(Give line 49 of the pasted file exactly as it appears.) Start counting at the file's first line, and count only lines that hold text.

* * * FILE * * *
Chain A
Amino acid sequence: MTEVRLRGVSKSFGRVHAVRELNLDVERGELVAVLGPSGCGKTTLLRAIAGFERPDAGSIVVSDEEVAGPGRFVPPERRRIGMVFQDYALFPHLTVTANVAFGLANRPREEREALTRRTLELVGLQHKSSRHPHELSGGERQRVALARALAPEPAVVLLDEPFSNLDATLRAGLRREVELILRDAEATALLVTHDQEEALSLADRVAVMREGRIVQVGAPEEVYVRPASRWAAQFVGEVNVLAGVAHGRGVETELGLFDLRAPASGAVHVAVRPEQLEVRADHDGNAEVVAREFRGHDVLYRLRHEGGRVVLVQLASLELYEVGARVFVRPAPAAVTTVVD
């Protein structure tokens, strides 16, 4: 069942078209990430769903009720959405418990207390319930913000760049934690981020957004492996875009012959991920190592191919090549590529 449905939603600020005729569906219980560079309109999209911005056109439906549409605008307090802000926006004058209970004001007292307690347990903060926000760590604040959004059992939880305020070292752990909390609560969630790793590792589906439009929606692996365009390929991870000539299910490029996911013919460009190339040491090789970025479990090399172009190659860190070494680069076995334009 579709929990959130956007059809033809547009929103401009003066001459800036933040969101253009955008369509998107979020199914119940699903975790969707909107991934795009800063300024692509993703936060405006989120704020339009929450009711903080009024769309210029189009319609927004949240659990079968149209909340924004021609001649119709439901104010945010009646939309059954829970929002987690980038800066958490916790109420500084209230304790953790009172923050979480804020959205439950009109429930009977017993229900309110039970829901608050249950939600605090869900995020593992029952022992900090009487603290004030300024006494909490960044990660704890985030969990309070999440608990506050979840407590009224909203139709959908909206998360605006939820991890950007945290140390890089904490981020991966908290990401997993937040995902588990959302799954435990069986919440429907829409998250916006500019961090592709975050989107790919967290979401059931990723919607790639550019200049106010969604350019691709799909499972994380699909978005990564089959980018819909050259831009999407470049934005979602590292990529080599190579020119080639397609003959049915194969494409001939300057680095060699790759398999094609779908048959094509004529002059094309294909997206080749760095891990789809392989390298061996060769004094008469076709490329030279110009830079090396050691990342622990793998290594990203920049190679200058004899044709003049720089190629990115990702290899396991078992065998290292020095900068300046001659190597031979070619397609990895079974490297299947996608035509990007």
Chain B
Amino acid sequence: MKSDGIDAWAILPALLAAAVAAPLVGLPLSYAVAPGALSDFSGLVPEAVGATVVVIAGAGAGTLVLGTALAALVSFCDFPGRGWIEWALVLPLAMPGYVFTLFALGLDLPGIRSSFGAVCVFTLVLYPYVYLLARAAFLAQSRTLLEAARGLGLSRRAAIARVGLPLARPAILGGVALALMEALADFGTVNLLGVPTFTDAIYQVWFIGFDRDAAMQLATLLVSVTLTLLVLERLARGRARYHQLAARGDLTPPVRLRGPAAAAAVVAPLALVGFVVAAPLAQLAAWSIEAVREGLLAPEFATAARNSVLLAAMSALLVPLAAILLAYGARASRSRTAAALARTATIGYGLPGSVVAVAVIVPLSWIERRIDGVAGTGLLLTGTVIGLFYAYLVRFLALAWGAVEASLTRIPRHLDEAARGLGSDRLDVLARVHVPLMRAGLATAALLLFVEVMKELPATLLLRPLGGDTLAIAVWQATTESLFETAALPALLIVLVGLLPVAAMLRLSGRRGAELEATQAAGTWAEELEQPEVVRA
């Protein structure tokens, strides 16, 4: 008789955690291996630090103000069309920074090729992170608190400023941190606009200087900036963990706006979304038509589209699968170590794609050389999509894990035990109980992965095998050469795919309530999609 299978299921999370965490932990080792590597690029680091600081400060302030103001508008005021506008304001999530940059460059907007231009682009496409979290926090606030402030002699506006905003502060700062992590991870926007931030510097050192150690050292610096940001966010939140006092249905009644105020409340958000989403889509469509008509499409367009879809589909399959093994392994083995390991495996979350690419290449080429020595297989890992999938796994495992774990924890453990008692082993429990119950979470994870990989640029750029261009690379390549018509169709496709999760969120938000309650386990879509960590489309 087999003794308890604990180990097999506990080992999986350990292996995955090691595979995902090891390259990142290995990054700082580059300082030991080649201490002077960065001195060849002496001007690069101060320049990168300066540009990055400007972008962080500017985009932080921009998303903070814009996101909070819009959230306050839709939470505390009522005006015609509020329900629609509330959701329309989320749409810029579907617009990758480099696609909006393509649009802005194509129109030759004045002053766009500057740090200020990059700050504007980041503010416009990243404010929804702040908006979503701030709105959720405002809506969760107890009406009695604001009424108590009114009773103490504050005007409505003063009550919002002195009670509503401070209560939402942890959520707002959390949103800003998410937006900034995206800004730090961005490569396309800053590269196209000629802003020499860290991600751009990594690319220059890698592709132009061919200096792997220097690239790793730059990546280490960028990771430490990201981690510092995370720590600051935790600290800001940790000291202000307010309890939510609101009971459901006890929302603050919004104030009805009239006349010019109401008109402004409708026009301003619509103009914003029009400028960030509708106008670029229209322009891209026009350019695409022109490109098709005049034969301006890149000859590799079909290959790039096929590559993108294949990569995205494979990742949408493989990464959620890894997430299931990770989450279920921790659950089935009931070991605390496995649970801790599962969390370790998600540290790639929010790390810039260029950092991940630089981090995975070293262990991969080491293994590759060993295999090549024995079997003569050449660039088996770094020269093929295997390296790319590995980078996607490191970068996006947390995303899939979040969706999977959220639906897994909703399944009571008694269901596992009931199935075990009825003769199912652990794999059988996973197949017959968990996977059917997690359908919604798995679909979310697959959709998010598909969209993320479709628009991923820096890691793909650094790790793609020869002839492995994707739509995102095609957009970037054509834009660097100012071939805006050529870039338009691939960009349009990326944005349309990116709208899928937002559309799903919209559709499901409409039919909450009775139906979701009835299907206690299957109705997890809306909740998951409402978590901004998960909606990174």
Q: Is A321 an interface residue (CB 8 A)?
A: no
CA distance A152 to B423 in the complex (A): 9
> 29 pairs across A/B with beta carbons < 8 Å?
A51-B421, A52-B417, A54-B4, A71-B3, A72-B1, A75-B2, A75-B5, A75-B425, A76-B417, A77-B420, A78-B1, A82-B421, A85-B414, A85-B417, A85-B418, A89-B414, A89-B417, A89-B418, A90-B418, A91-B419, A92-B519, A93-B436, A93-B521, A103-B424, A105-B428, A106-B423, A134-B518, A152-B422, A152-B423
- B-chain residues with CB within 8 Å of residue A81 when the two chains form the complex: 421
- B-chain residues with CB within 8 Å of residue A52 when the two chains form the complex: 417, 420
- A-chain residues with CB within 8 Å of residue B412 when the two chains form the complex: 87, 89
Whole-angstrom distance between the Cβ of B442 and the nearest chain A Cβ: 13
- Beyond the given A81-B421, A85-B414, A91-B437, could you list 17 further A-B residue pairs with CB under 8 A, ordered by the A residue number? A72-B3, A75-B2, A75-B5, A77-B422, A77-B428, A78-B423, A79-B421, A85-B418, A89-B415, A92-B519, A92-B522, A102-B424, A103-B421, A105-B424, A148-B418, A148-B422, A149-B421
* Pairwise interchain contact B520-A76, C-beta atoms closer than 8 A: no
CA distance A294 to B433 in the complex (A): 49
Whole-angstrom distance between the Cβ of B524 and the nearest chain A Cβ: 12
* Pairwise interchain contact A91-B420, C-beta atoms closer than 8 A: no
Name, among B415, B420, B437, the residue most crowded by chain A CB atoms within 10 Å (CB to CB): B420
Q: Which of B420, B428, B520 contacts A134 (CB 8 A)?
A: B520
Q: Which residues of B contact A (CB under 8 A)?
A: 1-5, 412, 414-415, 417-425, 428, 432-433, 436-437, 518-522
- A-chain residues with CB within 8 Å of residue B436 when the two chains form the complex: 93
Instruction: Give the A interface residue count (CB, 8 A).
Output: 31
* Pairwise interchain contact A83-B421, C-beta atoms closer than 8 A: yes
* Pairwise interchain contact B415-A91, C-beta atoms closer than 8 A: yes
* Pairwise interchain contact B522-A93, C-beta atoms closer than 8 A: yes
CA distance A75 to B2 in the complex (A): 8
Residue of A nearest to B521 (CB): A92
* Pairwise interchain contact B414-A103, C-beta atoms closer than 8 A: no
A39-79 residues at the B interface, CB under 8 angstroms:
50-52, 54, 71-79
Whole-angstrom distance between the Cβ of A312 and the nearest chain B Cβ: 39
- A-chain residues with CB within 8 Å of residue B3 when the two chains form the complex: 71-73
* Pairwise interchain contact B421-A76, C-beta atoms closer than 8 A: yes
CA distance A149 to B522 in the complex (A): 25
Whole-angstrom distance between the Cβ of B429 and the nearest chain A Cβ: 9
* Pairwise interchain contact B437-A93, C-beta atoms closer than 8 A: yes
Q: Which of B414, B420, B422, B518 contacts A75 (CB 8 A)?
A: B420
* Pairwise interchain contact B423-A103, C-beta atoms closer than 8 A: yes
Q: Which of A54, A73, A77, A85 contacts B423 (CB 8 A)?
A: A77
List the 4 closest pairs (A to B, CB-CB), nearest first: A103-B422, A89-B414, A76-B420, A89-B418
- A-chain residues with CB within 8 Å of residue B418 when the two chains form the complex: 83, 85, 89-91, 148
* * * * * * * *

- A-chain residues with CB within 8 Å of residue B418 when the two chains form the complex: 83, 85, 89-91, 148